Shabana Azmi: An Indian Legend

A renowned actress, social activist, devoted mother and wife, Azmi proves that you can do it all without losing yourself in the process.

She is a woman who has gone against all odds to create a name for herself among the plethora of highly respected, renowned and popular women in India. The daughter of a popular poet father and versatile ’50s stage actress mother, wife to a top music lyricist, step-mother to a pair of top notch movie directors, she is surrounded by talent, yet attains her own uniqueness. Shabana Azmi, an actress in controversial and mainstream movies, social activist and politician, clearly has an endless list of accomplishments. Azmi has defined the Indian woman and is an inspiration to women globally. She has influenced Indian culture in many ways, generating appreciation and curiosity for a modern and traditional India by joining well-known political associations and working closely with international social organizations which caters to assisting minorities and helpless women. She has been able to voice her opinions, as well as demonstrate her “Indian-ness” as an active citizen and initiate a great amount of interest in South-East Asia.

As a well-known actress, her initial plunge into social work was inevitably seen as a publicity stunt, but Azmi used her name to her —by creating a niche for herself as a social activist who worked from the ground up with a deep-rooted desire to actually make a difference. Locally, she is viewed as a woman with a purpose and direction in her mission as she attempts to shorten the bridge between the rich and poor, educate rural folk on the birth control while creating awareness of the increasing Indian population, and helping women in distress, her list of “things to do” seems endless as she is continually finding a cause to fight for. Among her accomplishments is the relationship she developed with slum dwellers who were denied rights while their huts were being torn down so multimillion-dollar luxury residential buildings could be built. Rather than being a high-strung celebrity, she chose to remain in the trenches and actually lived in the slums for a week. She continued to show her dedication to a struggle she truly believed was worth fighting for by battling against the government and being the voice for those that would not be heard. In representing the people as their advocate, she created enough awareness to eventually force the government to give them their entitled civil liberties as citizens. Her efforts results in over 30,000 new homes for the slum dwellers funded by the local government.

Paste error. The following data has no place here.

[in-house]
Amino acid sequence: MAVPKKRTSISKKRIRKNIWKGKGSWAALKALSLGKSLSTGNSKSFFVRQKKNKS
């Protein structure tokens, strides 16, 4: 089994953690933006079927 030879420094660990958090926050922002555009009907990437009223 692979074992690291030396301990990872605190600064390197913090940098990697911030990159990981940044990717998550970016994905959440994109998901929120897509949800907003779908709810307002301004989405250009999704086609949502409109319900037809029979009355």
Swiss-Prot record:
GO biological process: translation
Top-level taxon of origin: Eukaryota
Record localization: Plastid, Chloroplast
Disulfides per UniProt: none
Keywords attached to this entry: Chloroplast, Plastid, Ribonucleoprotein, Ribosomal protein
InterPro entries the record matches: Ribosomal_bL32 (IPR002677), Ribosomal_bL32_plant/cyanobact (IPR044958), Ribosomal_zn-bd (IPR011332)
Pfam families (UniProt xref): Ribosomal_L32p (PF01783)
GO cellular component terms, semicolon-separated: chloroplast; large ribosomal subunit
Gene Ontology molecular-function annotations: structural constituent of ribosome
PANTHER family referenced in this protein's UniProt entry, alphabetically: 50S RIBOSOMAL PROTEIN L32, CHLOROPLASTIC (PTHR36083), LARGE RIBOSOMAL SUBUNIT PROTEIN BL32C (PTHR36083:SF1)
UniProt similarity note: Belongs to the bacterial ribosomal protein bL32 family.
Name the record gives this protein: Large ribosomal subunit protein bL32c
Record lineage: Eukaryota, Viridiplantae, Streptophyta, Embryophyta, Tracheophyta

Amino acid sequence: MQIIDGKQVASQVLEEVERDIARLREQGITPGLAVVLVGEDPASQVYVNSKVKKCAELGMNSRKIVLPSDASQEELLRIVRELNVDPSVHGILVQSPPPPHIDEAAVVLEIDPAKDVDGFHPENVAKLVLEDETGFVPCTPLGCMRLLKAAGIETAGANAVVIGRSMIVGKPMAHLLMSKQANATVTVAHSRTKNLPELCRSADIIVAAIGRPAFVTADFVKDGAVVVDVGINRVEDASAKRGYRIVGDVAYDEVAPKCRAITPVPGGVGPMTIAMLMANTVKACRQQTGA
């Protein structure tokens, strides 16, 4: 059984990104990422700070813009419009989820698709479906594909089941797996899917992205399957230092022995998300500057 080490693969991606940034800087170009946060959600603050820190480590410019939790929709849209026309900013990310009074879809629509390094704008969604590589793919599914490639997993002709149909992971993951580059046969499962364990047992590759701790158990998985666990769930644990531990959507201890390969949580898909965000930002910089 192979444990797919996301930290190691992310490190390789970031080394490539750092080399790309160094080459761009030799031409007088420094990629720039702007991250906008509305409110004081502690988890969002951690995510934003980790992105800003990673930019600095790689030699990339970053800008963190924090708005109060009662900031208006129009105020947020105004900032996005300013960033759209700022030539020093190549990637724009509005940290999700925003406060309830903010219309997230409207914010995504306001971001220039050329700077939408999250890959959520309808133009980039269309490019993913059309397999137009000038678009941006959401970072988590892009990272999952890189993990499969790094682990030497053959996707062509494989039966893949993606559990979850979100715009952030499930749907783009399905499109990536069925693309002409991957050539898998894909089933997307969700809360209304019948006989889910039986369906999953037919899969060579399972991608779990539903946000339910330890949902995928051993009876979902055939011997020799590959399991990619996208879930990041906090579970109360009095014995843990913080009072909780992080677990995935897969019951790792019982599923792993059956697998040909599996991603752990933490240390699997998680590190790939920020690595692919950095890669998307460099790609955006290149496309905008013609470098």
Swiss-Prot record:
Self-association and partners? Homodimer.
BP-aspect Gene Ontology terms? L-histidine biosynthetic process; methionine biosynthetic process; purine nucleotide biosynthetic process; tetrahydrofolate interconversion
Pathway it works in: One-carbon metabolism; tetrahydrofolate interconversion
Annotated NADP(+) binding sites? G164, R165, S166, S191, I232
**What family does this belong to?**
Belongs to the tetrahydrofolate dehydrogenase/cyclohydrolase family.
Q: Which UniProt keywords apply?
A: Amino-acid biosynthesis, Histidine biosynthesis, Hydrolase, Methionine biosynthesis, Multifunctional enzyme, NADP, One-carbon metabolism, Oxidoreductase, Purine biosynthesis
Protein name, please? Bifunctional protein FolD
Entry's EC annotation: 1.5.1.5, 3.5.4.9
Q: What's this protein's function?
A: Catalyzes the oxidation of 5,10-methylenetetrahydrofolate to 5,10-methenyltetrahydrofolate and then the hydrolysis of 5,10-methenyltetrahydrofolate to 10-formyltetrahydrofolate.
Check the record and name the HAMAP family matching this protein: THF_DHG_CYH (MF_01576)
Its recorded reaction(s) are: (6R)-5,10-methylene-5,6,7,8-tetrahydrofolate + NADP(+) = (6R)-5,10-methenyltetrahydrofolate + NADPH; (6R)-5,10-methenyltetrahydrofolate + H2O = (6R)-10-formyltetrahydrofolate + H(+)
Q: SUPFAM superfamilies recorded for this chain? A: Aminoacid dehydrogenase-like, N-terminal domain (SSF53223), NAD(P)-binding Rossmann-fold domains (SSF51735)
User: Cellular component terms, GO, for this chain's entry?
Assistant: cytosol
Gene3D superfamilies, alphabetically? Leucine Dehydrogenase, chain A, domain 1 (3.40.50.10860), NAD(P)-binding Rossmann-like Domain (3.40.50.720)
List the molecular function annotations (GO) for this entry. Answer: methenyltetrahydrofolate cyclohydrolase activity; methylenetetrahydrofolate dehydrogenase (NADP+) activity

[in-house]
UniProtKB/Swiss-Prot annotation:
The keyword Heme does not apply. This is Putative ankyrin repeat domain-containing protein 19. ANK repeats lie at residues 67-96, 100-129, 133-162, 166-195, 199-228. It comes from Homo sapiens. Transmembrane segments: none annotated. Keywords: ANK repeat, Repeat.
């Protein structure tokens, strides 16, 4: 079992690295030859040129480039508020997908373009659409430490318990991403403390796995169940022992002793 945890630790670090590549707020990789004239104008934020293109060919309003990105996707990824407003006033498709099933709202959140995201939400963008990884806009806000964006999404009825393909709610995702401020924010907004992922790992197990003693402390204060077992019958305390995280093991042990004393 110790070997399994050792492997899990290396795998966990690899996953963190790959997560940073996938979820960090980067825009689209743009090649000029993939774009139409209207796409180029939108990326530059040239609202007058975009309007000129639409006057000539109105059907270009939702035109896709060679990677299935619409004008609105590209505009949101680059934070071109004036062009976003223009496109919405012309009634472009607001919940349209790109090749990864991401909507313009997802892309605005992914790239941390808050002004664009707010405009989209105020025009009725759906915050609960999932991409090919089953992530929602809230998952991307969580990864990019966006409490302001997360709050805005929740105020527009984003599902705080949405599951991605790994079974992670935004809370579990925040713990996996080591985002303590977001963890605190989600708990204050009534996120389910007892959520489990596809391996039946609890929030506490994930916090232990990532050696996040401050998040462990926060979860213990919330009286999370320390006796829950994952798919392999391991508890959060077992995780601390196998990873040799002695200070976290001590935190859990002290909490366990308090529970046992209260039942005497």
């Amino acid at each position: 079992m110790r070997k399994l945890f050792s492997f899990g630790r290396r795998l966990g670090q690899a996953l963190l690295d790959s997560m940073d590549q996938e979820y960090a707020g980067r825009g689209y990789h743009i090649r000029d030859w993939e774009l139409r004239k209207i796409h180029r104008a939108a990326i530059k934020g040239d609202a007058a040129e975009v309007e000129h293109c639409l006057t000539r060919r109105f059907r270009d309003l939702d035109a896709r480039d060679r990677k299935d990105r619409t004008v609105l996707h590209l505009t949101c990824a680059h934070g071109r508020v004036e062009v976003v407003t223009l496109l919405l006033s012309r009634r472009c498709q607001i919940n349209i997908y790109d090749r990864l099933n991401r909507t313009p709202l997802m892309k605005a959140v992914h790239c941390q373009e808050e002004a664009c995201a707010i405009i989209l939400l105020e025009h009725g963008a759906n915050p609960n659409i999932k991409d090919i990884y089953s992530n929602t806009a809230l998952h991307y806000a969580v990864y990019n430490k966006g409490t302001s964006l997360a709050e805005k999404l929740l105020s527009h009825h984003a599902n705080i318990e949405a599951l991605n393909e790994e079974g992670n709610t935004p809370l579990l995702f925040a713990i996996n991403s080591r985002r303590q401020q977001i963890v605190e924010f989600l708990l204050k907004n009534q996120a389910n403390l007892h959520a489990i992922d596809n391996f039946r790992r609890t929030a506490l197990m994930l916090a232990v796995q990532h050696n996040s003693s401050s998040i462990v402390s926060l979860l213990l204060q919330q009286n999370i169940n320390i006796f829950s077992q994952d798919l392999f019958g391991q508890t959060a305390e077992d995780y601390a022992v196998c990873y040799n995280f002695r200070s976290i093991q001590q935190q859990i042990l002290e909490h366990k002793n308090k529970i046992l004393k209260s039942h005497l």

She continued her quest for social activism and after the 1993 Mumbai riots, she became a critic of religious extremism condemning both Muslim and Hindu radicals. This generated heated discussion among both communities as they questioned her religion and citizenship as a Muslim living in modern day India. Despite the questioning eyes, she continued to help the victims of the riots irrespective of race or religion. Eight years later, after the disastrous 9-11 attacks, she was quick to encourage and support the destruction of terrorism worldwide and along with other societal groups insisted on the elimination of terrorism in all forms. Through her various social endeavors, and many accomplishments, TIME Magazine crowned Azmi as an Asian hero, naming her a “crusader for injustice.”

Azmi has demonstrated deep compassion for those affected by the HIV disease. Perhaps her greatest accomplishment is her continuous work with AIDS patients. She produced and acted in a film named “Positive,” which depicted discrimination against AIDS patients as she embraced young victims of the disease who were shunned by society. The activist asked for acceptance and love on behalf of these children. Soon after, she was appointed by the UNFPA (United Nations Population Fund) as a Goodwill Ambassador and has given numerous speeches regarding the social discrimination, prevention and awareness of AIDS. She is revered as a saint to the underprivileged in rural areas where the lack of education has left people completely unaware of the epidemic.

Despite all her achievements, she too has had her share of controversies within her acting career. She has always been a part adventurous, diverse and often risqué movies, which in some instances have produced riots and violence among certain extremist groups. Her depiction in the movie “Fire” of a lonely housewife, who falls in love with her neglected sister-in-law, was frowned upon as it focused the normally hush-hush topic of lesbianism in India. She has also made her mark in Hollywood in the critically-acclaimed film “City of Joy,” which addressed various taboo topics such as inter-racial marriages and promiscuity in young girls.

For reasons besides the heated debate surrounding her roles on the silver screen, Azmi has her share of non-fans. Many Muslim and Hindu radicals feel that her ideals are too modern and her constant “flare-ups” are nothing but publicity stunts. In her opinion, the problem is that she “can never keep quiet.” The 58-year-old classic beauty is determined to keep the peace as a Muslim in India as she keeps modern thoughts on her tongue and proudly displays her Indian heritage to the world.“I am a daughter, a wife, a mother, a woman, an actress, an Indian and a Muslim. “Each of those identities is important to me,” she says. Through all her obstacles, Azmi has remained beautiful, poised, and —never being afraid to take a stance and tell it like it is…and we hope she never stops and continues the fight for justice.

Edited by Maya Champaneri

Photo Credit: Nilacharal

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